While I don’t always enjoy being in the photos, I find joy in spotting an interesting subject and capturing it on my camera roll. I used to have a Nikon digital camera that was about 12 megapixels, but I hardly used it, except for whenever my mother would make me lug it with us to take those awkward photos during our family vacations. It didn’t really offer the full range of photographic experimentation that I was looking for in a camera, and anyway it was always too costly to buy a professional-grade camera. When I started blogging and learning what I could about web and graphic design, however, I eventually started thinking about taking up photography as a hobby and possibly as a side-hustle. I just needed to develop my photography skills — oh, and save up for a DSLR camera.
Fast forward to the time I finally traded my ancient Android for my first iPhone (still no DSLR camera, though). I love taking snapshots of everyday moments on my iPhone. Instagram, though I had initially resisted using it, has since become addicting. I was more interested in the experimentation aspect of capturing and editing the photos, not so much in garnering more likes and followers on the social media platform (though those are nice, too). How did people get their Instagram photos to look so bright, crisp, and clear? Of course, there were those photo-editing apps, especially VSCO and Afterlight. But there would always be a certain kind of off-centered and well-lit quality to their photos that made you feel like you were just taking a peek into their lives and they were welcoming you in by curating these photographs on their Instagram accounts. Usually these would be photos of beloved city landmarks, weekend brunches, colorful floral arrangements, coffee and latte art, or tasteful book collections set against a backdrop of white sheets or a marble countertop. But there’s usually a few Instagram accounts that would stand out from the rest, particularly the ones that would literally splash the walls with splatters and shapes of raw imagination…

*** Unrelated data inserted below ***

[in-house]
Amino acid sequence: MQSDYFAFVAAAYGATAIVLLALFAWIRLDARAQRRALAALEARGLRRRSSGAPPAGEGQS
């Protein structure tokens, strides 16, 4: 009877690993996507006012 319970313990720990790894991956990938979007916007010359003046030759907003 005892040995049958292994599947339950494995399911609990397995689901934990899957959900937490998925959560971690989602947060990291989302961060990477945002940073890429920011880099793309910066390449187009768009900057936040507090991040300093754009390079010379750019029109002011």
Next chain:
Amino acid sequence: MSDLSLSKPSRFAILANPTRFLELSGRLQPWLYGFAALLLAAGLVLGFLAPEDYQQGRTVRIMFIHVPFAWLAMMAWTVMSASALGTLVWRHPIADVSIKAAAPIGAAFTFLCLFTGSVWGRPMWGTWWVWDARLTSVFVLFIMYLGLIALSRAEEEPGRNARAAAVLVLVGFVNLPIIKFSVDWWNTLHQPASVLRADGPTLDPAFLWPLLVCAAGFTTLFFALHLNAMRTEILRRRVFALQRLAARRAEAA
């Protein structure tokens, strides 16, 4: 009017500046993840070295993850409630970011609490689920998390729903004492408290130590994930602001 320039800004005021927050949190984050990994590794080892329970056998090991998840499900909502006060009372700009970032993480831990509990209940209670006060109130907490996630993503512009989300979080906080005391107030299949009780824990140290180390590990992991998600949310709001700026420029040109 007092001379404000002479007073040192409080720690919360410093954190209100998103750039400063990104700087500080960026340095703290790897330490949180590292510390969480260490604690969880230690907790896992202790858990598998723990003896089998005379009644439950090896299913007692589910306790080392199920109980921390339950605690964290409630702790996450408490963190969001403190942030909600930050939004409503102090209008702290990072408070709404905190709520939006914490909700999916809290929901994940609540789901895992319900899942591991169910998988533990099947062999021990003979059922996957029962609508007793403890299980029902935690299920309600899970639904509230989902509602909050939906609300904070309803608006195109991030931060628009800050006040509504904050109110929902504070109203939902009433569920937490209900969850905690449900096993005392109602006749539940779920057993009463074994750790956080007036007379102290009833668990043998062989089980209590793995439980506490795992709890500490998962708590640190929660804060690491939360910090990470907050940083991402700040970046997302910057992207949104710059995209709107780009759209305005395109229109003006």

One of those unique accounts belongs to a group called The Bushwick Collective — a band of street and graffiti artists from around the world, many of whom found their new home in Bushwick, Brooklyn, who blurred the lines between graffiti and various forms of postmodern art. The Bushwick Collective was founded in 2011 by Joe Ficalora, a lifelong Bushwick resident who threw a block party as a fundraiser for children with brain tumors (after grieving the loss of his mother to cancer) and invited some prominent street artists to paint murals on a few of the local walls. Their works transformed an entire Brooklyn neighborhood which used to be considered desolate, industrial, and even dangerous back in the 1980s and 1990s. I grew up along the borderline between Ridgewood, Queens and Bushwick, Brooklyn, and I remember both of my parents warning me and my two younger sisters about the dangers of walking alone in the more industrialized parts. And you would feel it — it felt creepy because there just weren’t enough people walking around those parts, and there weren’t any stores that you could visit. The landscape mostly comprised factory plants and warehouses.
I recall the story of Arbitration Rock at the Vander Ende-Onderdonk House on Flushing Avenue, when in 1769, people actually used this old glacial formation as the marker that separates Brooklyn and Queens. It always made me wonder at how one side of Flushing Avenue, where the historic home was located, would feel residential while the other side would be beset with industrial factories that produced textiles and were used as loading docks for various shipments of spare electronics and auto parts. As a child, you definitely didn’t want to wander into the industrialized parts, where it felt like a creepy deserted ghost town covered in random spray-painted scribbles of graffiti tags on the buildings.